There's some debate if they were ever profitable, or even could have been in the first place.  The regulatory world was a nightmare. For example, a trip of 100 miles counted as a full day's work for a crew, regardless of how many hours that actually took, with overtime on top of that.  If you had a crew working a train going 100 mph for eight hours, you'd end up paying out a day's wages for the first hour, then seven hours of time and a half.  Are you interested in high speed service and long distance routes with those sorts of labor costs?

  • The Washington-Alexandria-Mount Vernon Electric Railway was amazing with its regular service.   If you were in Alexandria, you could get down to Mount Vernon with ease and it was the first mass transit in the region with a regular am and pm schedule.    

  • Traffic Watchers: The New Healthy Transportation plan, which allows you to walk AS MUCH AS YOU WANT, and also gives you a generous number of auto miles each week.    

    "I found it easy to save my auto miles for the Sunday drive into the country, while feasting on free walk miles during the week.  My collisions are down 20%, and I look and feel better! The weekly meetings were fun too!"  

  • +1. This is getting bicylces and people turning left out of a thru lane. Drivers should like it. I was trying to think of a better name, but gave up. "Thru lane clearance" was the best I could do.
  • Marketing tip: find an alternative to the term "road diet." It sounds like an imposed, unpleasant and almost punitive measure. If, as this post argues, travel tomes don't typically increase, why antagonize drivers with a finger-wagging name?
  • Many rail connections are now considerably slower than half a century ago.

    The example one, the Ma & Pa, took four hours to cover 77 rail miles, between two points that were about 45 miles apart in straight line miles.  It made 55 stops along the way.

    That's practically a dictionary definition of slow and meandering.  So:

    But some of the rail links here, such as on the H&F, actually saw improved travel times when the day the service was converted to buses traversing public roadways.

    Greyhound'll get you there in an hour ten.  

  • Its mostly about fear I lean right bowling for clumbne by Michael moore was ahead of its Time for how the media and Politicians caoitalize on fear What most people wont admit is both sides do it. Obama used it hope and change was about fear of status quo just as much as make america great Again was under Trump. Fear is why America is tribalistic from our media consumption to where we live to who we interact with And to bring it back locally fear is why ward 3 wants nothing to do with ward 8 and vice versa. Or You could say its human nature to want to be around people who have the same values and culture as you
  • Another Nick on March 23, 2018 at 2:11pm (National links: The suburbs are now often places of poverty)
    Or they just don't like it.  I don't fear any of the stuff I don't like, unless I somehow have a fear of basketball, country music, and oysters.
  • Very true - the "named" trains (still running under steam!) , as well as some electric lines like the WB&A eclipse what's common today - I recall a particularly pokey trip back from Charlottesville on the Cardinal a few years back.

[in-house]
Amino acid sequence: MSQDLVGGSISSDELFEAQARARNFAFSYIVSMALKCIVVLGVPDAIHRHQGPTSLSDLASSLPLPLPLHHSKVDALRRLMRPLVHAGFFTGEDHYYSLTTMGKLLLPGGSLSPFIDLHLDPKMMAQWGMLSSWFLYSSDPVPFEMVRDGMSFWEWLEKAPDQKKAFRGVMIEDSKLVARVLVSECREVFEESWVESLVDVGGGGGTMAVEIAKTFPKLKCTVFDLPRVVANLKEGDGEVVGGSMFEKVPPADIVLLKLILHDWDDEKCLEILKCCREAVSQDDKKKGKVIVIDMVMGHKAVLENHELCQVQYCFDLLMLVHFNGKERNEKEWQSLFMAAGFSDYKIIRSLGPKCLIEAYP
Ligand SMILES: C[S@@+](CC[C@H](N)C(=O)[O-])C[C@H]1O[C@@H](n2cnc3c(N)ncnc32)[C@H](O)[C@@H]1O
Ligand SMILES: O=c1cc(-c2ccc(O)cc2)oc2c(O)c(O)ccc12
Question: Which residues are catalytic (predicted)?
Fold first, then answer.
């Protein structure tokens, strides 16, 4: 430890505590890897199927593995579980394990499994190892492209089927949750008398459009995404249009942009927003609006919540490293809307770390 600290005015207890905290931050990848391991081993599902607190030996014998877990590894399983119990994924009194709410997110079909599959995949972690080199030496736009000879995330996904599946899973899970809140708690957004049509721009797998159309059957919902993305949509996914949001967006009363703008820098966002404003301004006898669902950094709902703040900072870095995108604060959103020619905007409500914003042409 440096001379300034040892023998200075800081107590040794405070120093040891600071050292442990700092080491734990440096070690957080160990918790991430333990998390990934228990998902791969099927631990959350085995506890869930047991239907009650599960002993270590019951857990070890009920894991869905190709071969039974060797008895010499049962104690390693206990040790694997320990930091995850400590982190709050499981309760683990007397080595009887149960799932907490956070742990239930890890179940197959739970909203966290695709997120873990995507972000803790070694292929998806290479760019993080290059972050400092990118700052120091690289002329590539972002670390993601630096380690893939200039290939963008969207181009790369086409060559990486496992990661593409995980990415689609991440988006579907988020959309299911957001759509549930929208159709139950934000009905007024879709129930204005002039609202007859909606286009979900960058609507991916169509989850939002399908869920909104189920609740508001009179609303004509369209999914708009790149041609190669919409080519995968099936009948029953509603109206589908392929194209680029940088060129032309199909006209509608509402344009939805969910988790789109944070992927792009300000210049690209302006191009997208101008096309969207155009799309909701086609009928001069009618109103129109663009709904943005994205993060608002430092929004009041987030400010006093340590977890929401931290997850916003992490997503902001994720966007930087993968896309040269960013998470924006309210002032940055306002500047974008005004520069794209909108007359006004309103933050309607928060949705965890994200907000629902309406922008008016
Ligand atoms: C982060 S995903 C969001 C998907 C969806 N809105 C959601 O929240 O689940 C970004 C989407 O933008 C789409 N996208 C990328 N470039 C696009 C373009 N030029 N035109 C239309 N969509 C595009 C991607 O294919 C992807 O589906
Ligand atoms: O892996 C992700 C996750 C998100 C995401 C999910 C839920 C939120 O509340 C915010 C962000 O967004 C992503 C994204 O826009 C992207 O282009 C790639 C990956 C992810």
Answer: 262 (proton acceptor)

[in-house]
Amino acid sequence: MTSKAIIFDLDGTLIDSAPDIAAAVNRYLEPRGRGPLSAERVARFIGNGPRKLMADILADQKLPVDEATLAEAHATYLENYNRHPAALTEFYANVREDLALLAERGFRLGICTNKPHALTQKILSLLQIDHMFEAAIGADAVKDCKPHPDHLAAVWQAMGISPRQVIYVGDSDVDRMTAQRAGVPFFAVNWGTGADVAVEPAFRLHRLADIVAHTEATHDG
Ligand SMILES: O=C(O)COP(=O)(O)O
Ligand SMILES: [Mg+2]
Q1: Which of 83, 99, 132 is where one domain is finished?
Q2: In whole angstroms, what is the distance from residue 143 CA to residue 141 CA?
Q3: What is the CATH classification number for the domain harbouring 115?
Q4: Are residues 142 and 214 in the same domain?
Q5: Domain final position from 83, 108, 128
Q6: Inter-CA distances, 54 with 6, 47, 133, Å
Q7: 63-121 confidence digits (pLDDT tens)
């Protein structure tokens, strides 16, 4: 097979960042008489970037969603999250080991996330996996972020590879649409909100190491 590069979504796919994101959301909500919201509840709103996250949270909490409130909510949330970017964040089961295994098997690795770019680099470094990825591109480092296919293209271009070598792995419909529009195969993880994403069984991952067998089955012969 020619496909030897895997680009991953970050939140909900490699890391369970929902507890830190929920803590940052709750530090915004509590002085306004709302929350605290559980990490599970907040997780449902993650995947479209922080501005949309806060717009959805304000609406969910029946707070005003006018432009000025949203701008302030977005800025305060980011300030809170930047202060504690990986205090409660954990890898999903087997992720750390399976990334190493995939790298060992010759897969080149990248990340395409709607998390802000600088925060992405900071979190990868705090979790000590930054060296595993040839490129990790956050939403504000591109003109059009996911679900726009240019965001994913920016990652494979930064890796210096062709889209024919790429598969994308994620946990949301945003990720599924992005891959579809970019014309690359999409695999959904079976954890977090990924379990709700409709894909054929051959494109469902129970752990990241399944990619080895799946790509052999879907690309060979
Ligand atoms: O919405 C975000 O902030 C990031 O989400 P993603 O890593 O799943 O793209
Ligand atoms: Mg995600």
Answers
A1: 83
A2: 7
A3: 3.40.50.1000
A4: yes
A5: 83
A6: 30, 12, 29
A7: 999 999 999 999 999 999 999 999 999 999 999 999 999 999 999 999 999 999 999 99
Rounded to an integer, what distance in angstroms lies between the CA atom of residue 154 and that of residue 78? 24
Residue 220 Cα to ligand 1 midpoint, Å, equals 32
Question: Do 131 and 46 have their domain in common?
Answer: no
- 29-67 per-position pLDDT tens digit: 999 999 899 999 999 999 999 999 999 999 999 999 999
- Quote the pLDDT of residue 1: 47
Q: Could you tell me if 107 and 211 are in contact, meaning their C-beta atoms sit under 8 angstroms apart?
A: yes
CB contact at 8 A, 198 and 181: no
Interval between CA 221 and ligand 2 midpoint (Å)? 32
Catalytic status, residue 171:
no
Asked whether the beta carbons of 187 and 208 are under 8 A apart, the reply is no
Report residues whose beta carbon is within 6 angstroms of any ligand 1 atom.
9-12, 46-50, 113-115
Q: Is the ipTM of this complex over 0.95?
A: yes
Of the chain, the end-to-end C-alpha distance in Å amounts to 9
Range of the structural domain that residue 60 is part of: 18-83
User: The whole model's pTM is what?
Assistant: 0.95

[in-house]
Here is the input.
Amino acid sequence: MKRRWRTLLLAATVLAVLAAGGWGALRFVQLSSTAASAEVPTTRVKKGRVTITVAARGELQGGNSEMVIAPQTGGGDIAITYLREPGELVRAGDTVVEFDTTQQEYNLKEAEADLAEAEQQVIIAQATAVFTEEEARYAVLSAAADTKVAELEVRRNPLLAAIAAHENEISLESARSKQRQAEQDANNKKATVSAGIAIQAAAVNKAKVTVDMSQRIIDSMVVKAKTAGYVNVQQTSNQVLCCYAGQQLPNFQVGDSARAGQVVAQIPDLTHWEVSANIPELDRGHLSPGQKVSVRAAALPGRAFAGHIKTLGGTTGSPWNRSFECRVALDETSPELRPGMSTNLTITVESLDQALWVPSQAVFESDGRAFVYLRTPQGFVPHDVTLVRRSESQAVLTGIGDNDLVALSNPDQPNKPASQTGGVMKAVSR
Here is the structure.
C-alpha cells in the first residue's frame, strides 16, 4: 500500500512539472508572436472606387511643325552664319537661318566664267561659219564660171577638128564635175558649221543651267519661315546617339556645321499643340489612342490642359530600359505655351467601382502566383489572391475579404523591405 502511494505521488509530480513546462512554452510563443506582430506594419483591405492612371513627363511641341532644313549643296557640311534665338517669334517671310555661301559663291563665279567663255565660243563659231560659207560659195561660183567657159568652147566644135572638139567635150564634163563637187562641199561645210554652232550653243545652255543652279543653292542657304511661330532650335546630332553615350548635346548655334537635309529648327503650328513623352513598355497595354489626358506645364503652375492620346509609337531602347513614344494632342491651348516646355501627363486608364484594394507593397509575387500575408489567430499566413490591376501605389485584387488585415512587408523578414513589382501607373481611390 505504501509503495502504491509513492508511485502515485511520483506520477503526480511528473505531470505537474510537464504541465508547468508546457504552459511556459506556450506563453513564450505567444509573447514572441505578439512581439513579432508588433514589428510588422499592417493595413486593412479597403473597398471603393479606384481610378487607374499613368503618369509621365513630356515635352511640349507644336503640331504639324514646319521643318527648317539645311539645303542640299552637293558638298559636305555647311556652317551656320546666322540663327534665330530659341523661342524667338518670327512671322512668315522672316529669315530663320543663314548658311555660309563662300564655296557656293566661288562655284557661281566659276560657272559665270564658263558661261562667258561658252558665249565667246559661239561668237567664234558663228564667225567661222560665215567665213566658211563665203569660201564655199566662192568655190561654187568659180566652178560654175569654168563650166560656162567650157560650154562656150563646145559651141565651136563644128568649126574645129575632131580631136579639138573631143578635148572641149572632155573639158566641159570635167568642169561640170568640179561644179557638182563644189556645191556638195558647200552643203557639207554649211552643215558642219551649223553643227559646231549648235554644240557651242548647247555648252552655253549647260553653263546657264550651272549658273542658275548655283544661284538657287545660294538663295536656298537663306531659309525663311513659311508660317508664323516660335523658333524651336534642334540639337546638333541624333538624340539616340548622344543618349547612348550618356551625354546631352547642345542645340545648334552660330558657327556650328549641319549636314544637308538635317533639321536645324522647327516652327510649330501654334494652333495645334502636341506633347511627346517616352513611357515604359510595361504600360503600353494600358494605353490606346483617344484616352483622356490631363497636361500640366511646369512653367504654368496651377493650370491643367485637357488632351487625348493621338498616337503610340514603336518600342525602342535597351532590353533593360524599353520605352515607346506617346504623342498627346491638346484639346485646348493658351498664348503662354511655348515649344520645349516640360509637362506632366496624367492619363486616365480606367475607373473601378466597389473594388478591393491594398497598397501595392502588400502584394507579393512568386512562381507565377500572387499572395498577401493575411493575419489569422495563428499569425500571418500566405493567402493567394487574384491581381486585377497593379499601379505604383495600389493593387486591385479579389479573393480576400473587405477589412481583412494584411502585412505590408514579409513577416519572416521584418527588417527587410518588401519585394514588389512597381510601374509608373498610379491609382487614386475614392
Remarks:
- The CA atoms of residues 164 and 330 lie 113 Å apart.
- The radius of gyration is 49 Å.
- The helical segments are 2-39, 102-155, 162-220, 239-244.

But some of the rail links here, such as on the H&F, actually saw improved travel times when the day the service was converted to buses traversing public roadways.

  • How long would you expect it to take to get to the rally site -- let's say 4th & Pennsylvania, since the stage is at 3rd but you're unlikely to be able to get that close?

    Even right now, at 130pm on a weekday, Citymapper suggests you'd be at least as well off walking as taking Metro.  It's a 15-minute walk, or it'd take 18 minutes to ride the Red line to Gallery Place, the Green to Archives, and walking from 7th St---and that's without dealing with crowding and traffic jams at the escalators and faregates.

    The advice that if you're not already in the system you can save time as well as money by just walking along the road that goes directly there is not unreasonable even at normal volumes. 

  • I've lived off South Lakes for over 10 years. I drive, take the bus, bike, run and walk all the time here so I'm intimately familiar with the geography. I have also seen the difference that the Soapstone bike lane conversion has made and would expect similar results for a South Lakes conversion.

    Turning Soapstone from a 4 lane road to a 2 lane with bike lanes, has reduced speeding, improved visibility and generally made it safer for all. I can honestly say accidents are down because of the changes. You notice these things when you're stuck in your car waiting for the paramedics to finish up. It's true there isn't a ton of bikes at any given time. Part of that is because roads connected to Soapstone can be treacherous for bikers. The bike lanes have also added the option for pedestrians to span sidewalks gaps avoid wooded paths which are dark at night or detour from the destination. 

    The lack of sufficient sidewalks has always confused me considering how much use the corridor gets. Will the proposed plan for South Lakes improve the corridor over all? From personal experience, yes. Will it be considered an amenity even if some residences never use it? Absolutely! I do see the concern over the ability to pass school and connector buses. This is probably the biggest hurdle to overcome for rational stakeholders. Then again, people shouldn't be speeding past a bus as passengers disembark. As Hellen Lovejoy frequently asks the citizenry, "WON'T SOMEBODY PLEASE THINK OF THE CHILDREN?!"